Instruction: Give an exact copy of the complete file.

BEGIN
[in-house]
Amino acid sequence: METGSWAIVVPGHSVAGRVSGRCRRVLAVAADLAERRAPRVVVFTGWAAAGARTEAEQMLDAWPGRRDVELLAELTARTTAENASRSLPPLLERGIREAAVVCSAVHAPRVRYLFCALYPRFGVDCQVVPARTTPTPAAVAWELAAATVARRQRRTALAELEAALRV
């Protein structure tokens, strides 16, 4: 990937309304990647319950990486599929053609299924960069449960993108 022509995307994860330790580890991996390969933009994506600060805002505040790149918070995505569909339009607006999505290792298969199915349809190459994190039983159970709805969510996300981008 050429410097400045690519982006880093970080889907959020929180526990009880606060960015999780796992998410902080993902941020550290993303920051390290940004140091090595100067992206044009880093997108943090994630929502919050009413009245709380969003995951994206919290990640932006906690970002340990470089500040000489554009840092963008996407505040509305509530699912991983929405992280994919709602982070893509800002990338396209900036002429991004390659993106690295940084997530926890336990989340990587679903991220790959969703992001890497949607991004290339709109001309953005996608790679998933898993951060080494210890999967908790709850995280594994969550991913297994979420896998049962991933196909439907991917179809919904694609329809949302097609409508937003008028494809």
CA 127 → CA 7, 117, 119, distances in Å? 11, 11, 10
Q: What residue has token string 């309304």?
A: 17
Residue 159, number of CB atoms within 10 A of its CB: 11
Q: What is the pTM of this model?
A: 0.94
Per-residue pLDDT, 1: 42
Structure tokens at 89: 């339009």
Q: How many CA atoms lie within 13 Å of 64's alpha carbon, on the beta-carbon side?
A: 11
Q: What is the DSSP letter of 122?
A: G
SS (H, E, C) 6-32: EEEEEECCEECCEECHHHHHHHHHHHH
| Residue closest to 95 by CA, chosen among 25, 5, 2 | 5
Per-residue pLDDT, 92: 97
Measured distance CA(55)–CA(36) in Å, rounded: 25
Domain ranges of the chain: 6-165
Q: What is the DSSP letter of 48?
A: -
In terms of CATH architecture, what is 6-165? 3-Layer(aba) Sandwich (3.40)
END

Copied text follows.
[in-house]
Amino acid sequence: METGSWAIVVPGHSVAGRVSGRCRRVLAVAADLAERRAPRVVVFTGWAAAGARTEAEQMLDAWPGRRDVELLAELTARTTAENASRSLPPLLERGIREAAVVCSAVHAPRVRYLFCALYPRFGVDCQVVPARTTPTPAAVAWELAAATVARRQRRTALAELEAALRV
């Protein structure tokens, strides 16, 4: 990937309304990647319950990486599929053609299924960069449960993108 022509995307994860330790580890991996390969933009994506600060805002505040790149918070995505569909339009607006999505290792298969199915349809190459994190039983159970709805969510996300981008 050429410097400045690519982006880093970080889907959020929180526990009880606060960015999780796992998410902080993902941020550290993303920051390290940004140091090595100067992206044009880093997108943090994630929502919050009413009245709380969003995951994206919290990640932006906690970002340990470089500040000489554009840092963008996407505040509305509530699912991983929405992280994919709602982070893509800002990338396209900036002429991004390659993106690295940084997530926890336990989340990587679903991220790959969703992001890497949607991004290339709109001309953005996608790679998933898993951060080494210890999967908790709850995280594994969550991913297994979420896998049962991933196909439907991917179809919904694609329809949302097609409508937003008028494809």
CA 127 → CA 7, 117, 119, distances in Å? 11, 11, 10
Q: What residue has token string 């309304």?
A: 17
Residue 159, number of CB atoms within 10 A of its CB: 11
Q: What is the pTM of this model?
A: 0.94
Per-residue pLDDT, 1: 42
Structure tokens at 89: 């339009």
Q: How many CA atoms lie within 13 Å of 64's alpha carbon, on the beta-carbon side?
A: 11
Q: What is the DSSP letter of 122?
A: G
SS (H, E, C) 6-32: EEEEEECCEECCEECHHHHHHHHHHHH
| Residue closest to 95 by CA, chosen among 25, 5, 2 | 5
Per-residue pLDDT, 92: 97
Measured distance CA(55)–CA(36) in Å, rounded: 25
Domain ranges of the chain: 6-165
Q: What is the DSSP letter of 48?
A: -
In terms of CATH architecture, what is 6-165? 3-Layer(aba) Sandwich (3.40)